National Heritage Museum staff answer hundreds of questions each year – and we love doing it. Except for one question – the question we cannot answer. It is one of the top questions we are asked – “How much is this [book / Masonic apron / certificate, etc.] worth?”
We’re a Museum, Library and Archives, right? We have thousands of antique objects, books and documents. We follow the market and even purchase examples from time to time, so we should know, right? Just like the experts on the Antiques Roadshow, our curator, librarian and archivist should be able to assess antiques and suggest a value.
Believe us, it’s hard not to be able to answer a question for an interested inquirer. But if we answer that particular question, we are being unethical. For one thing, while we are trained museum and library professionals, with many years of experience, we are not trained appraisers. Appraising antiques takes curatorial knowledge, but also a sense of the market on a much wider scale than we have time to cultivate. We simply do not have the knowledge to confidently suggest the value of an antique object in terms of what it might bring on the open market or in the event of an insurance settlement. While we do follow the antiques market, we spend the bulk of our time researching the history of objects we already own and interpreting their use and function for our visitors, rather than how much they might be worth to a collector 200 years after they were made.
But the real danger in this situation is a conflict of interest. Say you come into the Museum with a wonderful silver ladle that was used by a Boston Masonic lodge during the 1790s. You are considering donating it to the Museum because you know it’s interesting and has some history, but you don’t think it’s worth much from a monetary viewpoint. You ask us what we think. As we’re looking at it together, the museum curator notices that it has the mark of Paul Revere’s shop on the bottom; obviously something that would add significantly to its financial value. But the curator worries that if she mentions this, you will no longer want to donate it. Instead, you’ll want to sell it to us, or put it up for auction. So she doesn’t let on and tells you it’s only worth $500 and you make the gift. Flash forward a year when the Museum puts it on exhibit with a label about Paul Revere’s silversmith shop. How do you feel? This kind of conflict of interest is why we can’t answer the value question. The American Association of Museums is quite clear on this point. Even more importantly, so is the IRS, which requires third-party appraisals when a donor wants to write off a gift like the one described here.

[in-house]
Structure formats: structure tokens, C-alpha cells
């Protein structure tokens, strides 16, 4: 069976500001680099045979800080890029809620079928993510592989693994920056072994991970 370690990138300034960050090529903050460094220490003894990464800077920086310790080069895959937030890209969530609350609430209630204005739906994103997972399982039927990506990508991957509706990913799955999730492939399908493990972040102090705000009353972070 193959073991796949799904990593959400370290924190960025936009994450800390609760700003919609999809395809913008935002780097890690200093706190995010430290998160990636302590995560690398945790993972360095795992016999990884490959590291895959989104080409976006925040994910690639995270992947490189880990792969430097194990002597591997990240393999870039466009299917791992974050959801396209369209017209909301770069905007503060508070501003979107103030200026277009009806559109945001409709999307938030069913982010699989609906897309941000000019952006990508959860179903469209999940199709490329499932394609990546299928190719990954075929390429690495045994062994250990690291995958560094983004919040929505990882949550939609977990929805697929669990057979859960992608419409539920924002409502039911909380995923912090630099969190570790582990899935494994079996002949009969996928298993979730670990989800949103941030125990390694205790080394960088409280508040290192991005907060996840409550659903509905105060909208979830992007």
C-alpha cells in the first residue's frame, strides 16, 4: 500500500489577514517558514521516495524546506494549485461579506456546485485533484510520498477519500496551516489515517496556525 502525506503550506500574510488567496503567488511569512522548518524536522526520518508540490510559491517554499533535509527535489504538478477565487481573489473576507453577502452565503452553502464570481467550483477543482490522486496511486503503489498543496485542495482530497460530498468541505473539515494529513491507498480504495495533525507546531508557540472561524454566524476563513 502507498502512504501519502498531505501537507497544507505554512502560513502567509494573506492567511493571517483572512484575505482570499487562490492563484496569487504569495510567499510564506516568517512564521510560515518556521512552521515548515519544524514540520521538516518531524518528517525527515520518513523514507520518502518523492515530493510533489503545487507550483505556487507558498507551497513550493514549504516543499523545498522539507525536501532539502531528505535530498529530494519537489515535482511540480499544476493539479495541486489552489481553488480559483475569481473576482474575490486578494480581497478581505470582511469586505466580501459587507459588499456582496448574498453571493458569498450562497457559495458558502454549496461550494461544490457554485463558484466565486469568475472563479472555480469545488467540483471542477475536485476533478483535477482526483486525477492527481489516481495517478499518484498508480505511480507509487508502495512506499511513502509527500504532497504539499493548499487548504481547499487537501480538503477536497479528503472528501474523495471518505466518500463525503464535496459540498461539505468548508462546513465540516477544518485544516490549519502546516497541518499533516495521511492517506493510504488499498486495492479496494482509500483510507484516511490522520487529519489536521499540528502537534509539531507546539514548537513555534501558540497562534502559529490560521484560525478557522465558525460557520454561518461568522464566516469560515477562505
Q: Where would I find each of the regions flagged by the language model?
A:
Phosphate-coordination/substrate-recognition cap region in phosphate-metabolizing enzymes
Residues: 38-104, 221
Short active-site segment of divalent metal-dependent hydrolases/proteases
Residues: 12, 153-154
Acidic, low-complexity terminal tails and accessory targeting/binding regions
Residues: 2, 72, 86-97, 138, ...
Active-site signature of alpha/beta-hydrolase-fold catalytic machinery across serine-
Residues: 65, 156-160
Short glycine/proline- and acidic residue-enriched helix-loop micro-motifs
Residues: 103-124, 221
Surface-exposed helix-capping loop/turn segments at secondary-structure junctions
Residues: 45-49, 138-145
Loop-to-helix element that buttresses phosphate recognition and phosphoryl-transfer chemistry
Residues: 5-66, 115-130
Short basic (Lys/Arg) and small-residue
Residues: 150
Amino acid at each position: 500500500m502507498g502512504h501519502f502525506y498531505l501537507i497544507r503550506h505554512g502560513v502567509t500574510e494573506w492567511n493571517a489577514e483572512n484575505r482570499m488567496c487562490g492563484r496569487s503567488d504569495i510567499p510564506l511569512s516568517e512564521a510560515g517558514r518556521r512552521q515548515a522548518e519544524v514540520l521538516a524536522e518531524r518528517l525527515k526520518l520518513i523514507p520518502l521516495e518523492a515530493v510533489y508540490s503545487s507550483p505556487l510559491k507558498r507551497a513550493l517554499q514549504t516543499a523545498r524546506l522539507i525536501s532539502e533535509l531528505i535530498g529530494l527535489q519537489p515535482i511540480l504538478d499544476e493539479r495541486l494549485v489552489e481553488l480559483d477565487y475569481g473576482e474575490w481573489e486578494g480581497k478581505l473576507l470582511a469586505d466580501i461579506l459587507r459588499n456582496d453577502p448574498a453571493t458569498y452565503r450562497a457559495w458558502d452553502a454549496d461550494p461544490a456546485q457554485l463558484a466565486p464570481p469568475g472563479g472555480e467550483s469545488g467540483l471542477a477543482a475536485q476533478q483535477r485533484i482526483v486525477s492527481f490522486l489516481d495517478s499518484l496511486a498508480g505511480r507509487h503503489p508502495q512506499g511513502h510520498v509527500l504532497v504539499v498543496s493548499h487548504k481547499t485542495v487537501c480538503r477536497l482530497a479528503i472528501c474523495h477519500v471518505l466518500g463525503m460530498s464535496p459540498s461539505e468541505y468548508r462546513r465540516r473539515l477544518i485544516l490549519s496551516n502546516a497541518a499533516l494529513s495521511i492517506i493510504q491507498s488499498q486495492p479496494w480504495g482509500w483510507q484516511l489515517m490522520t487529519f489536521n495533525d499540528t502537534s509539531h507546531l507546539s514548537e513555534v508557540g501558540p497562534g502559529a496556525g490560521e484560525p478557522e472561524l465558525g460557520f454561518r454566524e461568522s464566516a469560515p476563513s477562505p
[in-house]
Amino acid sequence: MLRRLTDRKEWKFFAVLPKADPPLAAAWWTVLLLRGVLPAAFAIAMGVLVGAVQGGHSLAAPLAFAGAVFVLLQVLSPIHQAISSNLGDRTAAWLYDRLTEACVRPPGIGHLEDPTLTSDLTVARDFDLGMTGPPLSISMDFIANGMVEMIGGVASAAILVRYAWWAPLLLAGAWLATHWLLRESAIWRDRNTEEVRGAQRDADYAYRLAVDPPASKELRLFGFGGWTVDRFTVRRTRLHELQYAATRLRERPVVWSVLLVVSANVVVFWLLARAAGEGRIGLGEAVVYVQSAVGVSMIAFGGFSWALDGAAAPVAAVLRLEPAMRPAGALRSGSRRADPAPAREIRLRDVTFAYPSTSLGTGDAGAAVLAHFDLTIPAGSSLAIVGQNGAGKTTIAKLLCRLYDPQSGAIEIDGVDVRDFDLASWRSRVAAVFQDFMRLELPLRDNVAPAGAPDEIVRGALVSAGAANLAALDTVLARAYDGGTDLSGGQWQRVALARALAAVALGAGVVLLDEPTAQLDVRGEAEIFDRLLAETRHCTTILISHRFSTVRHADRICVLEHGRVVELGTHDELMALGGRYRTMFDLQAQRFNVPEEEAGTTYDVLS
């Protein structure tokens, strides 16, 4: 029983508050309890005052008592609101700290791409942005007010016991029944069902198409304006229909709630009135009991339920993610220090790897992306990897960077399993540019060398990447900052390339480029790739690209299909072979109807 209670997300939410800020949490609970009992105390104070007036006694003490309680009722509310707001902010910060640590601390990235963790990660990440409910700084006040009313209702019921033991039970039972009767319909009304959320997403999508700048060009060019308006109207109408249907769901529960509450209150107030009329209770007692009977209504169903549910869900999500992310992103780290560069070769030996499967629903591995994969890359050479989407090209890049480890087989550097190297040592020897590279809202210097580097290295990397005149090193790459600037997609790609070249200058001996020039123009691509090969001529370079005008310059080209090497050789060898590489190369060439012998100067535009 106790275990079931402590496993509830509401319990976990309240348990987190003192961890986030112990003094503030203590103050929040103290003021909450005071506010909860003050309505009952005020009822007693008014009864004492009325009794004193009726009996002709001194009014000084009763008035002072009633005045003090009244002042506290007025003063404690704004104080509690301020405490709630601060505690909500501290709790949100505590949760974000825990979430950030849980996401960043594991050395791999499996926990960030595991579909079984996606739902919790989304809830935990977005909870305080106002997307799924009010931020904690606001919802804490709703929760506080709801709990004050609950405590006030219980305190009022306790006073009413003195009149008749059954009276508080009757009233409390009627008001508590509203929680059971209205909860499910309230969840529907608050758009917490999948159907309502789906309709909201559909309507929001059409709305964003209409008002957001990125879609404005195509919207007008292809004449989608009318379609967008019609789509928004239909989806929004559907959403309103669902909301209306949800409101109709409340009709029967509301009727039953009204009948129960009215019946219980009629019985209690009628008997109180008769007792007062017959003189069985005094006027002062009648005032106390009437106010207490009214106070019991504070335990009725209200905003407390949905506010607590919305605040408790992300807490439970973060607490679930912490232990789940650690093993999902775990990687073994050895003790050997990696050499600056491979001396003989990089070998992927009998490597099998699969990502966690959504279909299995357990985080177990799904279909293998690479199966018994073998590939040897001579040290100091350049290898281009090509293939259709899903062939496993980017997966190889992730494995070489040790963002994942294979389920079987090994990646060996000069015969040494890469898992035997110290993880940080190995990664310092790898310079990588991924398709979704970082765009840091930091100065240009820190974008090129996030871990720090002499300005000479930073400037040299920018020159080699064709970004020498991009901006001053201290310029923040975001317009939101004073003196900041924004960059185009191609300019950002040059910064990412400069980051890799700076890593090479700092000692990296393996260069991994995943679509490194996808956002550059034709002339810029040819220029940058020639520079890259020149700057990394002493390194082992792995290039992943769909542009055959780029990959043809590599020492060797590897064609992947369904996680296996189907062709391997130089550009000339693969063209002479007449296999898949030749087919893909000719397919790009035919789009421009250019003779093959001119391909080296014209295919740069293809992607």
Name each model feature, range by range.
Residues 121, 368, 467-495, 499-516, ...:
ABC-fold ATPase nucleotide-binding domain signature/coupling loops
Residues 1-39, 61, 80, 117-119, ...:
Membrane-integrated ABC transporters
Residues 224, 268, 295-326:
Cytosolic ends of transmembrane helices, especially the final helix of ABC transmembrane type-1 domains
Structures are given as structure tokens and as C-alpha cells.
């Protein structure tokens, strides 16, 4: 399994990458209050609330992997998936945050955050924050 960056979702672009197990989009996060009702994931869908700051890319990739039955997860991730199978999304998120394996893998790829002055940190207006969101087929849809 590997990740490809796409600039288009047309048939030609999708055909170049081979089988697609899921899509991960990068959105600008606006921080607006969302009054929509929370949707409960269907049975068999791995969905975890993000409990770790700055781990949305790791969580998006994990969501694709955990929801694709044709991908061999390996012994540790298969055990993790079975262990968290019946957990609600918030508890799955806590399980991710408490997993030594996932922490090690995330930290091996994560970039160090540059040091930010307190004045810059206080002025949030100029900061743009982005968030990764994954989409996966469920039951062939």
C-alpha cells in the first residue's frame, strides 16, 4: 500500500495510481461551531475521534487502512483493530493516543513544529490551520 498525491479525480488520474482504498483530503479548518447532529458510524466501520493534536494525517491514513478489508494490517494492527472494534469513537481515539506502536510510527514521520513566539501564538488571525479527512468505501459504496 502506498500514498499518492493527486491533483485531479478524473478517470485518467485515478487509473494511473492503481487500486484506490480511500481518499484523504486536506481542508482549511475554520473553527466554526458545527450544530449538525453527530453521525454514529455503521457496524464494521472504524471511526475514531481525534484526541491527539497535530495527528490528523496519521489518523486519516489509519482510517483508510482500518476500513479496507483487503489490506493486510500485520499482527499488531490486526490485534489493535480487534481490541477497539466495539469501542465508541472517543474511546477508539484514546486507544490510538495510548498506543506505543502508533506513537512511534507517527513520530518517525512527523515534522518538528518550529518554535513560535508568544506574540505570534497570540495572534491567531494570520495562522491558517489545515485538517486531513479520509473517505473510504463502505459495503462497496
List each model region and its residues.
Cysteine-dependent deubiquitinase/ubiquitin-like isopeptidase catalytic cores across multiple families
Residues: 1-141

So when you ask this question, not just of National Heritage Museum staff, but staff at any Museum or Library, understand that we’ll politely explain that it’s a conflict of interest. We may give you an alphabetical list of appraisers in the area, being careful to let you know that we do not recommend one over the others, nor do we imply any kind of recommendation of any of the names on the list – which can also be a conflict of interest. There are several national professional associations for appraisers; all maintain lists of their members and, unlike museum staff, are not prohibited from helping you to find an appraiser in your area. So, if you find an antique of your own and are wondering about its value, try contacting one of the following:
American Society of Appraisers, 800-272-8258
Appraisers Association of America, 212-889-5404
International Society of Appraisers, 312.224.2567
National Institute of Appraisers, 800-676-2148
Ladle, ca. 1765, Paul Revere (1734-1818), Boston, Massachusetts, Loaned by the Grand Lodge of Masons in Massachusetts, GL2004.1869, photograph by David Bohl.